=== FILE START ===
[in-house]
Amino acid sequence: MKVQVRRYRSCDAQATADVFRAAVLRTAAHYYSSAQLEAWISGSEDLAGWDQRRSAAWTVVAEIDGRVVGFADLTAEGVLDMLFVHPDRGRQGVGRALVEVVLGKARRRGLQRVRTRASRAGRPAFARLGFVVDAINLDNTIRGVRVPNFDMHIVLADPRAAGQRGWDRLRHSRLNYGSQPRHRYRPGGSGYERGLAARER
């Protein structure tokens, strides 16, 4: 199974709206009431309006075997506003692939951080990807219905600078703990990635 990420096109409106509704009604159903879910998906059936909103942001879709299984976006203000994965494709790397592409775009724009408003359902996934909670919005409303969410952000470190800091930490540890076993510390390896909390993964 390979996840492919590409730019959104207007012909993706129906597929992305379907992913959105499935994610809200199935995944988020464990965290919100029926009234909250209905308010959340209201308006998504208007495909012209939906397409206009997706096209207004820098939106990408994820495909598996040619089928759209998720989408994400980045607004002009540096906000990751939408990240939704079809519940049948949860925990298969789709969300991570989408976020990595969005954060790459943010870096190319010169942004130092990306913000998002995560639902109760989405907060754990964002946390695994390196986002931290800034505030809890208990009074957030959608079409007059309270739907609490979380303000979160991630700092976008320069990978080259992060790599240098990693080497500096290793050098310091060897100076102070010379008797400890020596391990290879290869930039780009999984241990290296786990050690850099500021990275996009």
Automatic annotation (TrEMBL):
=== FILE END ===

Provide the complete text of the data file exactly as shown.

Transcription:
[in-house]
Amino acid sequence: MKVQVRRYRSCDAQATADVFRAAVLRTAAHYYSSAQLEAWISGSEDLAGWDQRRSAAWTVVAEIDGRVVGFADLTAEGVLDMLFVHPDRGRQGVGRALVEVVLGKARRRGLQRVRTRASRAGRPAFARLGFVVDAINLDNTIRGVRVPNFDMHIVLADPRAAGQRGWDRLRHSRLNYGSQPRHRYRPGGSGYERGLAARER
């Protein structure tokens, strides 16, 4: 199974709206009431309006075997506003692939951080990807219905600078703990990635 990420096109409106509704009604159903879910998906059936909103942001879709299984976006203000994965494709790397592409775009724009408003359902996934909670919005409303969410952000470190800091930490540890076993510390390896909390993964 390979996840492919590409730019959104207007012909993706129906597929992305379907992913959105499935994610809200199935995944988020464990965290919100029926009234909250209905308010959340209201308006998504208007495909012209939906397409206009997706096209207004820098939106990408994820495909598996040619089928759209998720989408994400980045607004002009540096906000990751939408990240939704079809519940049948949860925990298969789709969300991570989408976020990595969005954060790459943010870096190319010169942004130092990306913000998002995560639902109760989405907060754990964002946390695994390196986002931290800034505030809890208990009074957030959608079409007059309270739907609490979380303000979160991630700092976008320069990978080259992060790599240098990693080497500096290793050098310091060897100076102070010379008797400890020596391990290879290869930039780009999984241990290296786990050690850099500021990275996009």
Automatic annotation (TrEMBL):